The threshold of belief and the value of punishment
Julien Dutant (King’s College London)
05 March 2021, 16:00 | Online, via Zoom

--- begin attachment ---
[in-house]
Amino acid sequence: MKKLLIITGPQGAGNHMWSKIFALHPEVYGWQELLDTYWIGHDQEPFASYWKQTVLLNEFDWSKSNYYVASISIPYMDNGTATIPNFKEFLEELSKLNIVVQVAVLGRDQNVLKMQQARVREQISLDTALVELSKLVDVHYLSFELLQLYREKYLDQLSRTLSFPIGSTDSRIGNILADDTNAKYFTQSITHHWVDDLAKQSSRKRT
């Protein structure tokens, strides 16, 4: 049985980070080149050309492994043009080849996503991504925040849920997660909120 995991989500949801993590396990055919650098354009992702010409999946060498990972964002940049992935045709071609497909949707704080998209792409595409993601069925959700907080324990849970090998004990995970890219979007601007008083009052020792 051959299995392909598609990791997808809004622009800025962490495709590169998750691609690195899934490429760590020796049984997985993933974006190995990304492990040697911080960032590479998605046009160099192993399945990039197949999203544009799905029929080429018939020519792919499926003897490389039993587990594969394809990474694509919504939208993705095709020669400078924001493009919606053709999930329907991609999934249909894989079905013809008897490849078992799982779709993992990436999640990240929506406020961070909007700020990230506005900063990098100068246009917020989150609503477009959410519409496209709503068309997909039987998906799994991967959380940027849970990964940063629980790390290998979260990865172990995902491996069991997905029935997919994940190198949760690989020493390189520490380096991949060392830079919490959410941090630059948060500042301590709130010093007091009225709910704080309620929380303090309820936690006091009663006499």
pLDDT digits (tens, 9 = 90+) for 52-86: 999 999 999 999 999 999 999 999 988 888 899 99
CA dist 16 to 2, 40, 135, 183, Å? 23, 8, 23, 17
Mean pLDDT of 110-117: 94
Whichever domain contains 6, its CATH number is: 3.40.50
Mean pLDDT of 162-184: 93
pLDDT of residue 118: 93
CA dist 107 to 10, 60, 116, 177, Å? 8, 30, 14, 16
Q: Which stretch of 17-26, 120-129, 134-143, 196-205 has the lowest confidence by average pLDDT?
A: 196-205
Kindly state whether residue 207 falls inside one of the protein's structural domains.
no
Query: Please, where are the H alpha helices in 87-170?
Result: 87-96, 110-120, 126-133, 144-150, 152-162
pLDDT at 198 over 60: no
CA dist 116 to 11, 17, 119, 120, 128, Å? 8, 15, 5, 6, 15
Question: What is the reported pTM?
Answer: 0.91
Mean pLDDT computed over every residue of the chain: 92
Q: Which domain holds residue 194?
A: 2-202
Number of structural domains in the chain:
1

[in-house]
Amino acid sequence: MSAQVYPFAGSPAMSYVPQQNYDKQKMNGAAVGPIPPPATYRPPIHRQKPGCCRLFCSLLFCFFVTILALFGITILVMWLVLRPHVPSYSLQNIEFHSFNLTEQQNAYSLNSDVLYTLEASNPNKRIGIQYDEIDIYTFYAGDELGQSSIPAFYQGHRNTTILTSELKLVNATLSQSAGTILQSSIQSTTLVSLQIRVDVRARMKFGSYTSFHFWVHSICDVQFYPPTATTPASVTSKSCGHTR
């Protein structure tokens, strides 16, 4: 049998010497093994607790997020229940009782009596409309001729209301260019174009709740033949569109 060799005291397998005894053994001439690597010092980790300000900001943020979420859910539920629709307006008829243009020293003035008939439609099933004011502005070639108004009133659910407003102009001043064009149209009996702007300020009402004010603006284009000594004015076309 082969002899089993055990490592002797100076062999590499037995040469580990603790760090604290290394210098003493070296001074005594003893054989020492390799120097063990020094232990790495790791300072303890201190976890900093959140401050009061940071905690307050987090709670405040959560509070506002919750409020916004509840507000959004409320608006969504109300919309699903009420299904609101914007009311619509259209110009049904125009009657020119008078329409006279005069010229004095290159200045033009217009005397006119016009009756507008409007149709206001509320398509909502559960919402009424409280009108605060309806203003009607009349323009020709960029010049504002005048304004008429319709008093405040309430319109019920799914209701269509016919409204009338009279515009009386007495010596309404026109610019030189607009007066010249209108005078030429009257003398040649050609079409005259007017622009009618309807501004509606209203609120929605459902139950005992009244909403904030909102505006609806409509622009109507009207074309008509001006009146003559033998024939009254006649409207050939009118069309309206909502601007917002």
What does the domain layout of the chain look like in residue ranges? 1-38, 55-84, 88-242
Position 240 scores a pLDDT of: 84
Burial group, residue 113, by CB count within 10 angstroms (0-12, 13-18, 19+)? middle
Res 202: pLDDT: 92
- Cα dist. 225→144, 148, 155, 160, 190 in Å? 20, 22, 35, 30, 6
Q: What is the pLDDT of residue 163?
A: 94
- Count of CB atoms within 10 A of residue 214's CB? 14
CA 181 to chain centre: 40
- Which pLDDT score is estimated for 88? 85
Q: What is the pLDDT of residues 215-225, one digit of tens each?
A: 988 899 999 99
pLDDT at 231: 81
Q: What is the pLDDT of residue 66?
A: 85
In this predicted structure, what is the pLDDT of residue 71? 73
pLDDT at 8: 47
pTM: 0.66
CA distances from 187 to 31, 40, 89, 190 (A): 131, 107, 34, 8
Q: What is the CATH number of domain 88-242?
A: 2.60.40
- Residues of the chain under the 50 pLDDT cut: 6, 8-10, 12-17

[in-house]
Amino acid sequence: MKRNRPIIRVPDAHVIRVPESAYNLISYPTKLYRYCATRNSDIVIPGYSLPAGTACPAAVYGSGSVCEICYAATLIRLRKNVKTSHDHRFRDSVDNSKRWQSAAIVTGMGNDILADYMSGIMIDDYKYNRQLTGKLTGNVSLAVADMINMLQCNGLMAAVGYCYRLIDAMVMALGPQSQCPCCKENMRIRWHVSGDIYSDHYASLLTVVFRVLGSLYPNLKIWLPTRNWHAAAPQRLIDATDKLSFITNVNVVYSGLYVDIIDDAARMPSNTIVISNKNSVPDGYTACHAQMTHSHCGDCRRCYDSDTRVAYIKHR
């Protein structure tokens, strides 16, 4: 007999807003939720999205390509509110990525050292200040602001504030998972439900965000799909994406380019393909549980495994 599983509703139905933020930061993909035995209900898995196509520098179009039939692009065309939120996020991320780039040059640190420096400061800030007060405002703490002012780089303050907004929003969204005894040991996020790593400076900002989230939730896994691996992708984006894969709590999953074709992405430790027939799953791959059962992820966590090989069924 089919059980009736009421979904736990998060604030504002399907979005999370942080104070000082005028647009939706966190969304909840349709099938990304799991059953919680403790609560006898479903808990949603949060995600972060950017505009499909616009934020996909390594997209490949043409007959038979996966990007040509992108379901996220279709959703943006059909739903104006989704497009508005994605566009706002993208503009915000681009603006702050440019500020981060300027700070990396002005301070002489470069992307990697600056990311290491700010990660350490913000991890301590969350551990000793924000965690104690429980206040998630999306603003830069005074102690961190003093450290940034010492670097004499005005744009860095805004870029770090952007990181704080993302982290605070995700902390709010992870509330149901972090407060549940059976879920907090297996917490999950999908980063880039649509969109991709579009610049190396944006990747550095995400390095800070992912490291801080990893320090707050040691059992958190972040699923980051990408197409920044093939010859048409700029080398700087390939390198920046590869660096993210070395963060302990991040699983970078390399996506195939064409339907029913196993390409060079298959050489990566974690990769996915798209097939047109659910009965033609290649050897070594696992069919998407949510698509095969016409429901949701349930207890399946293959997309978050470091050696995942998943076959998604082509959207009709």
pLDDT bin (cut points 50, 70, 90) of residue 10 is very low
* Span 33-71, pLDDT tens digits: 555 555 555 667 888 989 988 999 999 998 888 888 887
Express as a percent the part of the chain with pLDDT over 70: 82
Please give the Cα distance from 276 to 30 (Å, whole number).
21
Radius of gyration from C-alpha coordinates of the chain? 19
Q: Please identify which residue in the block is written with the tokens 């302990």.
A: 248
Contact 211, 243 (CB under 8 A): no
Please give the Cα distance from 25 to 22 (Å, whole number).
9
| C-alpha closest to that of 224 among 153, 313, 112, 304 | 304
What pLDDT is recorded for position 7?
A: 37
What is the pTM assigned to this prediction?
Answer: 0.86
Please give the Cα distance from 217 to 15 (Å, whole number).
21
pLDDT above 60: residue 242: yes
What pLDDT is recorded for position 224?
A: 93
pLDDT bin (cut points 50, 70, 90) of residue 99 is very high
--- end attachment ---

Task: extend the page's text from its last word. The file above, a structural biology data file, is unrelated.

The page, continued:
Abstract: This paper explores a tension between two putative norms for rational reactions (i.e. reactive attitudes like blame or anger and retributive actions like punishing). The first (Reactive Risk Management) says that how it is rational to react to an (apparent) deed depends on how confident it is rational to be that the deed was done. The second (Reasoned Reactions) says that it is rational to react to an (apparent) deed if, and only if, it is rational to believe that it was done. The two conflict in the context of the Fallibilist idea that rational belief does not require certainty. A well-known source of conflict between them is the problem of ‘naked statistical evidence’ (Buchak 2014). However, one can make the norms compatible even in naked statistical evidence cases by rejecting ordinary intuitions (Laudan 2012, Papineau 2019), or by claiming that reactions have epistemically-sensitive values: namely, that they have no positive value if not done on the basis of knowledge (Littlejohn 2018). This paper considers a separate source of conflict between the two norms: the problem of single-case threshold variance. When one is facing a choice over a range of potential reactions, the level of confidence that rationalizes one reaction appropriate to a deed may differ from that of another reaction appropriate to that deed. This entails that one of the two norms fails. The problem affects even the views that reconcile the two norms with naked statistical evidence. The problem would be avoided if a certain hypothesis, which I call the “Blackstone invariance hypothesi”, was true. Unfortunately, I don’t see much prospect for the hypothesis to hold. I conclude with some challenges to meet if we instead give up one of the three ideas that generate the problem.
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